The Birmingham News convened a panel of community leaders to discuss the future of Birmingham
The Birmingham News convened a panel of community leaders in April of 2011 to discuss the future of Birmingham. Included were corporate CEO’s, non-profit professionals, and top political leaders.
Each panelist made his/her remarks and then questions or comments were solicited from the audience.
Continue reading Four unsettling comments
Legion Field has lost its magic
It seems like a distant memory, but in the 70’s and 80’s, Birmingham leaders were plotting to recruit an NFL football franchise to Birmingham. I don’t know how close we came, but we obviously felt there was a possibility.
Of course, we weren’t successful while other Southern Cities like Jacksonville, New Orleans, Atlanta, Charlotte, and Nashville recruited teams.
Continue reading Birmingham rated one of the poorest sports cities in U.S.
February 19, 2012
Everyone from Birmingham should read this this piece from the
New York Times: “In Alabama, a County that fell off the Financial Cliff.”
As the article states, government structure, as usual, created this mess.
Continue reading In Alabama, a county that fell off the financial cliff
Nashville has grown to be the fourth largest city in the Southeast
Up until a few years ago, our Chamber of Commerce (currently BBA), organized a trip of community leaders and politicians to visit other cities. They were called the “BIG Trips,” and the purpose was to learn what works in other communities.
The Chamber over a seven year period visited St. Louis (2002), Baltimore (2003), Charlotte (2004), Nashville (2005), Pittsburgh (2006), Denver (2007, and Austin (2008).
We found these trips to be fascinating. We heard about successes and we heard about failures, but it opened our eyes to the possibilities.
Continue reading Nashville spits on Birmingham
The City of Birmingham is under constant siege by our neighbors in the suburbs
Do you listen to talk radio or read comments on al.com?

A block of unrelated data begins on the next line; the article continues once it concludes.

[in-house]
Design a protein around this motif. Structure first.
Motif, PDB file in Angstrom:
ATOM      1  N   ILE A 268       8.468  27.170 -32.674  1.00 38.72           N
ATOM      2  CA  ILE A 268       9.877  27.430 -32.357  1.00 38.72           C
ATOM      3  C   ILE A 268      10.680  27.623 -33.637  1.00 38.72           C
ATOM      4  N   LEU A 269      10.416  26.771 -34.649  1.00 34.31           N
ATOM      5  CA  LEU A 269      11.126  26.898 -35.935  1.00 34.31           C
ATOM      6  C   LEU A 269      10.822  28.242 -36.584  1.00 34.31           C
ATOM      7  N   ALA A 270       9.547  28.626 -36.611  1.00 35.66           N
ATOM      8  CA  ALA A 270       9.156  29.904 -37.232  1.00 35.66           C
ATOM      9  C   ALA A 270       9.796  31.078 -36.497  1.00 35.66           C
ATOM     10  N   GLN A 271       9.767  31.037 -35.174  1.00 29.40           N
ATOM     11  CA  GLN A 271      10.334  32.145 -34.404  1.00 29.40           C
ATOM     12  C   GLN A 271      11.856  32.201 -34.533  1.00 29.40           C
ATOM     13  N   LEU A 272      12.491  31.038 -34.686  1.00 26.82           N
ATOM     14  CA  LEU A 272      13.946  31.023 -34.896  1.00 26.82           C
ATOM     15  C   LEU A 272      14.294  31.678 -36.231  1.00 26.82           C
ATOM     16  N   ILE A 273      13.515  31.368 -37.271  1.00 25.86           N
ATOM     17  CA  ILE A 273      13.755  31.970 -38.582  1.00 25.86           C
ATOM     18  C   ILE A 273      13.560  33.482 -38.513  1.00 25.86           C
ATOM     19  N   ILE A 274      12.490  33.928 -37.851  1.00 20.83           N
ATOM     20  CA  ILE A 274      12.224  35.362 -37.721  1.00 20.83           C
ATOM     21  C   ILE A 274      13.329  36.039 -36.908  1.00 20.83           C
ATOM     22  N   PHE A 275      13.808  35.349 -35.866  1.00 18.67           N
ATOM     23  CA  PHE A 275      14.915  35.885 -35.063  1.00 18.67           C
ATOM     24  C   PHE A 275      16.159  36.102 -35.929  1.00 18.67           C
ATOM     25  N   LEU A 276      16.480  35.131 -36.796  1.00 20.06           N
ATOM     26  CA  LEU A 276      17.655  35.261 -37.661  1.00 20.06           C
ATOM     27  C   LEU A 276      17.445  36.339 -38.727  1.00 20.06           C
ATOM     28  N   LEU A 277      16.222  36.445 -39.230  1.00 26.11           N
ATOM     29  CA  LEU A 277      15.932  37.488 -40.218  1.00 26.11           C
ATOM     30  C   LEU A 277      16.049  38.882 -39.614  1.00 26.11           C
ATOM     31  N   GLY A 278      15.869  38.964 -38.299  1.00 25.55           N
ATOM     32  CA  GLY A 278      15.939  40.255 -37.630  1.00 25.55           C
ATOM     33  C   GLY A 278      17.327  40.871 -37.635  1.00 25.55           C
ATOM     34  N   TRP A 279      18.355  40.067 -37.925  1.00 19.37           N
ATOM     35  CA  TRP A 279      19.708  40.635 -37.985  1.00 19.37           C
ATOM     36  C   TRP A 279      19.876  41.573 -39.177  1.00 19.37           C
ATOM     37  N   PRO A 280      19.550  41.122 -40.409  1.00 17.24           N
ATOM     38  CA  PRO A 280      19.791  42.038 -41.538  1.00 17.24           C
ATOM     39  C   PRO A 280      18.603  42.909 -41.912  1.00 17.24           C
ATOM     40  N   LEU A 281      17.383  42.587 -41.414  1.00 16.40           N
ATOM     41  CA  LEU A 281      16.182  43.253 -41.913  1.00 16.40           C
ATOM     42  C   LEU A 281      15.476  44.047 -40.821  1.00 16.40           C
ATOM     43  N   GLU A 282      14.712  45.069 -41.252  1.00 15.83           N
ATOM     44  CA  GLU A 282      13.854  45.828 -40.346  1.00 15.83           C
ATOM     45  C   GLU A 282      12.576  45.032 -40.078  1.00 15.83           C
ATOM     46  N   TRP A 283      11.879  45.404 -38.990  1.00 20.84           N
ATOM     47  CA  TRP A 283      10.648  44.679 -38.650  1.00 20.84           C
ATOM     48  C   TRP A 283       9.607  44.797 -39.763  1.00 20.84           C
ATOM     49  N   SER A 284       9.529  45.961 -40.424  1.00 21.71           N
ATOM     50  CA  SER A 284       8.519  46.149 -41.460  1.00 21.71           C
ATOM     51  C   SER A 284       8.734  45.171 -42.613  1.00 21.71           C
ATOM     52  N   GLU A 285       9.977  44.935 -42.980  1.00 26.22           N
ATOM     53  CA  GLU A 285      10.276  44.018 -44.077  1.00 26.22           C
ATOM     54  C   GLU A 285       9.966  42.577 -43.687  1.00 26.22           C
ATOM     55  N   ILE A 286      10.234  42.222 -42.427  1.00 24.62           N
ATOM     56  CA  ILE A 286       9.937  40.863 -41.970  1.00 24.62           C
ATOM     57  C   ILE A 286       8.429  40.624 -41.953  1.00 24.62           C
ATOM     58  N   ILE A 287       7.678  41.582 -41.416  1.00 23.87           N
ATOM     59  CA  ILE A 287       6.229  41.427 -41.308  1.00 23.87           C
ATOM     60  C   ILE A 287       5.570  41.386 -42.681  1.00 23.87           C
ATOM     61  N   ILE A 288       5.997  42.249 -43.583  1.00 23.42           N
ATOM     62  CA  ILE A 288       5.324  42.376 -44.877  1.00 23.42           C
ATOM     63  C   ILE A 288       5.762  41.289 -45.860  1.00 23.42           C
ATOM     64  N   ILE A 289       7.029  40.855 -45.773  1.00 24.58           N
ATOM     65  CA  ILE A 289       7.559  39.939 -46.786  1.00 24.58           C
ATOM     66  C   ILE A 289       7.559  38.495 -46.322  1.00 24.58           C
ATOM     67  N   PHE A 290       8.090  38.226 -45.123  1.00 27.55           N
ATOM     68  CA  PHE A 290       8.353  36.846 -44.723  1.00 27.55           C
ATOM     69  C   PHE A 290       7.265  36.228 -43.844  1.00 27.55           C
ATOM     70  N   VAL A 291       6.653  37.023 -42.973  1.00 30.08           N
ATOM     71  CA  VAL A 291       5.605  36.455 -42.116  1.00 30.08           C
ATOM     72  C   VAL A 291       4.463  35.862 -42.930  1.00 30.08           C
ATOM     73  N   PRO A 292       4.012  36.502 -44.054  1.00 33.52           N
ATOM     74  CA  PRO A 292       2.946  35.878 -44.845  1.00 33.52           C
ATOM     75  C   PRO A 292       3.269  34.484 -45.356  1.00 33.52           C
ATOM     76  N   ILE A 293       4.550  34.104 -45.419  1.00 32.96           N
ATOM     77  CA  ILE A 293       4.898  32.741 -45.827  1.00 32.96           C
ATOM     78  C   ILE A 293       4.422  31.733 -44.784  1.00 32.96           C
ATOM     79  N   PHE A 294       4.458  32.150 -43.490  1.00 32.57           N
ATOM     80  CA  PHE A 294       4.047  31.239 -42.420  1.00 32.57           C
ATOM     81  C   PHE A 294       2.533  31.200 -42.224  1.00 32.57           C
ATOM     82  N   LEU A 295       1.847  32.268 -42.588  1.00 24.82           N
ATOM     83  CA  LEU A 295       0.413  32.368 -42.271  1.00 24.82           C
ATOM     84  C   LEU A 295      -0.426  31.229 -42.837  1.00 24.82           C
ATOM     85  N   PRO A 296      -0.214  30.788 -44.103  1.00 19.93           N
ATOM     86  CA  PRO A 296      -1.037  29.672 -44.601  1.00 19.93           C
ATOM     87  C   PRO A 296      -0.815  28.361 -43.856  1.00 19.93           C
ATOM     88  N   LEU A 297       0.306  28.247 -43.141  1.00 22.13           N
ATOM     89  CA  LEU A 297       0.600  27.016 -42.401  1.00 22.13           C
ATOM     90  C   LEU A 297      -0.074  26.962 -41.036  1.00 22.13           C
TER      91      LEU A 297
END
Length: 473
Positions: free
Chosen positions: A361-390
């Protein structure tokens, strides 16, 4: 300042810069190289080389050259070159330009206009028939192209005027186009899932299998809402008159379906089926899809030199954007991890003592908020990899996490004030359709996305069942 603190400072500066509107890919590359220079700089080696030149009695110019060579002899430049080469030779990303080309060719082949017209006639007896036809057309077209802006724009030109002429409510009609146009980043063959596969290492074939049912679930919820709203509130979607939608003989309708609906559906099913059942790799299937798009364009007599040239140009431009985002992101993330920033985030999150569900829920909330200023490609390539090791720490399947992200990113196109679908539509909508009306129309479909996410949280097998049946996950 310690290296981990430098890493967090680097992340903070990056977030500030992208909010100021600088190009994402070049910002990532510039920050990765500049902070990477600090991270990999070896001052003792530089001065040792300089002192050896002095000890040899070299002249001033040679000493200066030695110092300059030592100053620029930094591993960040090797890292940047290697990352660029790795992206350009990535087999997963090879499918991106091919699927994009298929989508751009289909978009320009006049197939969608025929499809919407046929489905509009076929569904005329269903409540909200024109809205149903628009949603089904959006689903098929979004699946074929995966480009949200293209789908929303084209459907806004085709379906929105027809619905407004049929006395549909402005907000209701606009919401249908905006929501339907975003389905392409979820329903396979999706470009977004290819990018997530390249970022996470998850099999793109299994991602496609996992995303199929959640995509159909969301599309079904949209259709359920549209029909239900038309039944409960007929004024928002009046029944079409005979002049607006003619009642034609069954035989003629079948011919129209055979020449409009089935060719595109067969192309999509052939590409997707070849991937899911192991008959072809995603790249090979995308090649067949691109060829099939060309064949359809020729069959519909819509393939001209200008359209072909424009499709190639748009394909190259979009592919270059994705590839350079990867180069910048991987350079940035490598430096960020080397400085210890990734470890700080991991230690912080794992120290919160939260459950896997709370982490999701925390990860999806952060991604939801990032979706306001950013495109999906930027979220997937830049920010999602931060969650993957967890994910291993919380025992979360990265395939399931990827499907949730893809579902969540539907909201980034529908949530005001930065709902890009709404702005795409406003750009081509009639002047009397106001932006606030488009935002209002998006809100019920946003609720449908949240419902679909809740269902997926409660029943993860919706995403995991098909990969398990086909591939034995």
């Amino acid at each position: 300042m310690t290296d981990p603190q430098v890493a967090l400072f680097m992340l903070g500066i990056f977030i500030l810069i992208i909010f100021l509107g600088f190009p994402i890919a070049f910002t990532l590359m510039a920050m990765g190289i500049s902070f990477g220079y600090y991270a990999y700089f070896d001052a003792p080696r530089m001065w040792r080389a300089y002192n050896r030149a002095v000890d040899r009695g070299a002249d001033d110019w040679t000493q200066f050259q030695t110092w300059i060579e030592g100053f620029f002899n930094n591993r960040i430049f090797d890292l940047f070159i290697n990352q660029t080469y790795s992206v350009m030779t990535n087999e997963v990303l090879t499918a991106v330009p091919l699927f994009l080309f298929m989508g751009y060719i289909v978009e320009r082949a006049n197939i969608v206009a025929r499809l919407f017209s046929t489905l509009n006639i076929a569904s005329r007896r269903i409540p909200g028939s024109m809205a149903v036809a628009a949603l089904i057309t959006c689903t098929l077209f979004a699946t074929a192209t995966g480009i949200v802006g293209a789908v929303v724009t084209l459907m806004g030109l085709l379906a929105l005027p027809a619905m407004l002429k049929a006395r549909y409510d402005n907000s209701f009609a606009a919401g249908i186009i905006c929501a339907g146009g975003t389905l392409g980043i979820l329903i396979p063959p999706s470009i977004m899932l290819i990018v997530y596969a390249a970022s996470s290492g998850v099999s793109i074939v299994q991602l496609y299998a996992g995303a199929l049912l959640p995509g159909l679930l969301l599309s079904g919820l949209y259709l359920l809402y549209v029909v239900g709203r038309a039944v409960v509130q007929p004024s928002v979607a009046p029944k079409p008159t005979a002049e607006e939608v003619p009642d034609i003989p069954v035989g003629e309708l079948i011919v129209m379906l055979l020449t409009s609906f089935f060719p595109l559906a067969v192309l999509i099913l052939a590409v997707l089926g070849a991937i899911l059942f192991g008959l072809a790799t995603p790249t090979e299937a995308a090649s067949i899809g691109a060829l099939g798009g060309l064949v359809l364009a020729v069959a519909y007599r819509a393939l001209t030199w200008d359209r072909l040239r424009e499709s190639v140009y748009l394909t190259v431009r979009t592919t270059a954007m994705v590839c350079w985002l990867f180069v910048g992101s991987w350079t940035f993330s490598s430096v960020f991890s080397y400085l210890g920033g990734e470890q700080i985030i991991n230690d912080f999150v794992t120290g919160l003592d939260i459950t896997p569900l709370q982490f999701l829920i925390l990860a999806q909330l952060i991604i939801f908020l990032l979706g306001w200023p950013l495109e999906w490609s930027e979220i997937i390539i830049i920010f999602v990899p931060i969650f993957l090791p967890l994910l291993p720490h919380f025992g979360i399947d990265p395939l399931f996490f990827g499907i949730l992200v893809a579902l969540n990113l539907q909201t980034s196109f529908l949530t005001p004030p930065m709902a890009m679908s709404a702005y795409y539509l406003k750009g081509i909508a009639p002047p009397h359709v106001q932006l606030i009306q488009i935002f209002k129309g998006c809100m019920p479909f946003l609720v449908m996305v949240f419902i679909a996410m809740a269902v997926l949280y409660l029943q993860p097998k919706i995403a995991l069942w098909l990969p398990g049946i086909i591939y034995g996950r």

It‘s a steady stream of condemnation of the City of Birmingham by the folks who live in the suburbs.
Think about it…
A large number of our most educated and financially able citizens abandon Birmingham and then blame our City for being stupid and broke. Continue reading Let’s move to the suburbs and attack the City of Birmingham
Alabama has the only constitution in the world that contains the words "pick up truck"
My good friend, Michael Calvert, likes to remind me the Alabama Constitution is the only one in the world that contains the words “pick up truck.”
And it has a lot more words—340,136 to be exact—12 times longer than the average state constitution, 40 times longer than the U.S. Constitution.
About 90 percent of the document’s length, as of 2011, comes from its 854 amendments. About 70 percent of the amendments cover only a single county or city, and some deal with salaries of specific officials.* Continue reading How can one document create so much havoc?
Tornado strikes Birmingham, April, 2011, but governments still don't cooperate
Leadership Birmingham is a diverse group of Birmingham citizens who are selected each year to study Birmingham’s problems and opportunities and then go out and make a difference.
I was in the class of 1992 and when I graduated I asked the business leader who was delivering the commencement speech, “Why doesn’t Birmingham consider combining its city and county government?”
Continue reading There’s no way in hell we’ll ever work together
Regions Bank--Birmingham's last remaining Fortune 500 Company
Vulcan Materials facing a hostile takeover bid from a North Carolina-based competitor, Birmingham is on the verge of losing another public company headquarters. Even if Vulcan survives, the trend is ominous.
According to a
Birmingham Business Journal article from December 16, 2011, titled “ A troubling trend for Birmingham,” a little more than a decade ago, Birmingham was home to at least 30 publicly traded companies and now we’re down to 15. Continue reading Will the last big company left in Birmingham please turn out the lights
3rd Ave N. looking east from 18th street; courtesy of the Birmingham Historical Society
After World War II, Birmingham and New Orleans were the top two leading cities in the South. Now they’re at the bottom. New Orleans had Katrina. What’s Birmingham’s excuse?
Birmingham’s centrally located in the South, is absolutely gorgeous, and has very smart, likeable people–as do other Southern cities. Why have we performed so poorly? Is there something in the water?
Continue reading Government structure is killing us
I live in Vestavia Hills—I don’t really want to live around a donut hole.
The numbers are frightening.
Birmingham’s population fell…